Introducing “Sacred Symbols” Collection by C.7 Design Studio. Here you will find a unique design, featuring the Quetzalcoatl – the Snake-God of Mesoamerica, as depicted in the Codex Borgia.
The Codex Borgia is one of the most beautiful of the few surviving pre-Columbian painted manuscripts. The exact place of origin of this codex is not known, however there is no doubt, that it originates from the central Mexican highlands (possibly near Puebla or the Tehuacán Valley), an area which was under Aztec rule at the time of the conquest. Obviously, this codex was originally painted before the arrival of the Spanish, since it does not show any European influence. It probably dates to the late 15th century. In the 16th century it was sent from Mexico to Spain, and from there to Italy. The great German scholar Alexander von Humboldt saw it in Rome in 1805 among the possessions of Cardinal Stefano Borgia, who had died the previous year. Today the Codex Borgia is housed in the Apostolic Library of the Vatican.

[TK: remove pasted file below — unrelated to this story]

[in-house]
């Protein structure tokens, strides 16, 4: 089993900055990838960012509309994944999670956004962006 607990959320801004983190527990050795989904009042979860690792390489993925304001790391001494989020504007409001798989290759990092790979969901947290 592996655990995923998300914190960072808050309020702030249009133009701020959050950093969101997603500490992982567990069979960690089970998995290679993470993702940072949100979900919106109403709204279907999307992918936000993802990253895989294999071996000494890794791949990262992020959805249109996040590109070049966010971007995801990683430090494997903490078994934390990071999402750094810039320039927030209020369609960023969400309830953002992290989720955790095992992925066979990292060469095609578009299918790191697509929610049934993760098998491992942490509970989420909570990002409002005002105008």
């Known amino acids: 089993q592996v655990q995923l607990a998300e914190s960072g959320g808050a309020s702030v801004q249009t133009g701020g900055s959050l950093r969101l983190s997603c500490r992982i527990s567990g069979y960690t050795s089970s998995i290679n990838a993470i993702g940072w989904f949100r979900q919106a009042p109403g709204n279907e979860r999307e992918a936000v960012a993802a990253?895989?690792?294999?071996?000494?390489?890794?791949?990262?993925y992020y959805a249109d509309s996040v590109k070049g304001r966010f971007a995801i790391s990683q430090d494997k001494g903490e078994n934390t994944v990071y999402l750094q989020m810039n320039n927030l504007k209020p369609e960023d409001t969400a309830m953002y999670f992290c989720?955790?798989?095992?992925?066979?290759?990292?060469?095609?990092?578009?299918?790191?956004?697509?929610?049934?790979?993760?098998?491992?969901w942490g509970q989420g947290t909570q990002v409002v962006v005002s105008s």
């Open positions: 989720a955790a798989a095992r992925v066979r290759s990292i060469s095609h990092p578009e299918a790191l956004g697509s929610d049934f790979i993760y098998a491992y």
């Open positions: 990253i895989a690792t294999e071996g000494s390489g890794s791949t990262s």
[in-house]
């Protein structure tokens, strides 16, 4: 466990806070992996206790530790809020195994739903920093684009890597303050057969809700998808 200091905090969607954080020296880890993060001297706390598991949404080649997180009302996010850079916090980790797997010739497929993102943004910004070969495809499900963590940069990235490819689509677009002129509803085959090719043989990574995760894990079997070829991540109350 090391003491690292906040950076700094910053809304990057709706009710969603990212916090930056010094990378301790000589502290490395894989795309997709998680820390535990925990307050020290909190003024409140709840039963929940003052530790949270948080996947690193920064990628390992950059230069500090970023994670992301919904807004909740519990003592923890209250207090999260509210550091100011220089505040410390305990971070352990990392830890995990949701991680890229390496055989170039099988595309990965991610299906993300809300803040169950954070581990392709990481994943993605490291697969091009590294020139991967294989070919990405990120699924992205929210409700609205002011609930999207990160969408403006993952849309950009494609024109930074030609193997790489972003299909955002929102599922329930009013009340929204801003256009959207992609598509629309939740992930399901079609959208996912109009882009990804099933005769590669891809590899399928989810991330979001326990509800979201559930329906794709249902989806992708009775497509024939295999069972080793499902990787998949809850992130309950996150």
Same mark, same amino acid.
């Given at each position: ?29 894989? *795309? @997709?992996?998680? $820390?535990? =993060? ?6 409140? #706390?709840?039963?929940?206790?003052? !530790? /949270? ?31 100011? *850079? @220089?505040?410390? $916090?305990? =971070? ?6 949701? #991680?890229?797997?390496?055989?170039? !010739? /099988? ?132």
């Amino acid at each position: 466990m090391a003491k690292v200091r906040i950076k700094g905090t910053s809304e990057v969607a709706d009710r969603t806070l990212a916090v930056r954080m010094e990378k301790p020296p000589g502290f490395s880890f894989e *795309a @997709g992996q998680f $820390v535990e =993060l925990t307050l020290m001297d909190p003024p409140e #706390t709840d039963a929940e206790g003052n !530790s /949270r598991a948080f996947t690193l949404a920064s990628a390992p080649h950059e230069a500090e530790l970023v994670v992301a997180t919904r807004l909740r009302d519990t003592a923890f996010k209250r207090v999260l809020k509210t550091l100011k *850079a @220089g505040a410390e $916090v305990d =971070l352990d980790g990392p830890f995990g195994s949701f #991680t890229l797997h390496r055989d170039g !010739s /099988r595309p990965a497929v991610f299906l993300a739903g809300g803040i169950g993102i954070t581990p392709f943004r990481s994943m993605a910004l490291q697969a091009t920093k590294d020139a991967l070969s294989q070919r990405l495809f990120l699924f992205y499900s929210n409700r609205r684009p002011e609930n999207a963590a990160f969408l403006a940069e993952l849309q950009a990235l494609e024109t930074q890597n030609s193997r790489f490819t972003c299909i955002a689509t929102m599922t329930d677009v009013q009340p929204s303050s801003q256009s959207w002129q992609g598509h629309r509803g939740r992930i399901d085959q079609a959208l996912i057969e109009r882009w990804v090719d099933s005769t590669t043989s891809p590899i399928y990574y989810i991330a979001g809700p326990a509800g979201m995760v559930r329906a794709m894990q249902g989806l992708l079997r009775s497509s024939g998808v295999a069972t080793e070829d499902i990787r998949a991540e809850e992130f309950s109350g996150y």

Quetzalcoatl is a mysterious ancient god who took the appearance of a serpent-like figure, whose body was covered with the emerald feathers of the sacred quetzal bird. Quetzalcoatl was Lord and Master of the wind, science and the arts, a supreme creator god who together with two brothers gave life to man and the universe during the current “fifth sun”. Quetzalcoatl (the Nahuatl name for the god means “feathered serpent”) is perhaps one of the most ancient gods to exist in Mesoamerica.
In the Maya language, he was known as Kukulcan. But Quetzalcoatl has even more distant origins than the Aztecs or Maya or even the Toltecs. Quetzalcoatl probably dates back to the earliest of all Mesoamerican civilizations, the Olmec whose beginnings date back to around 1500 BCE.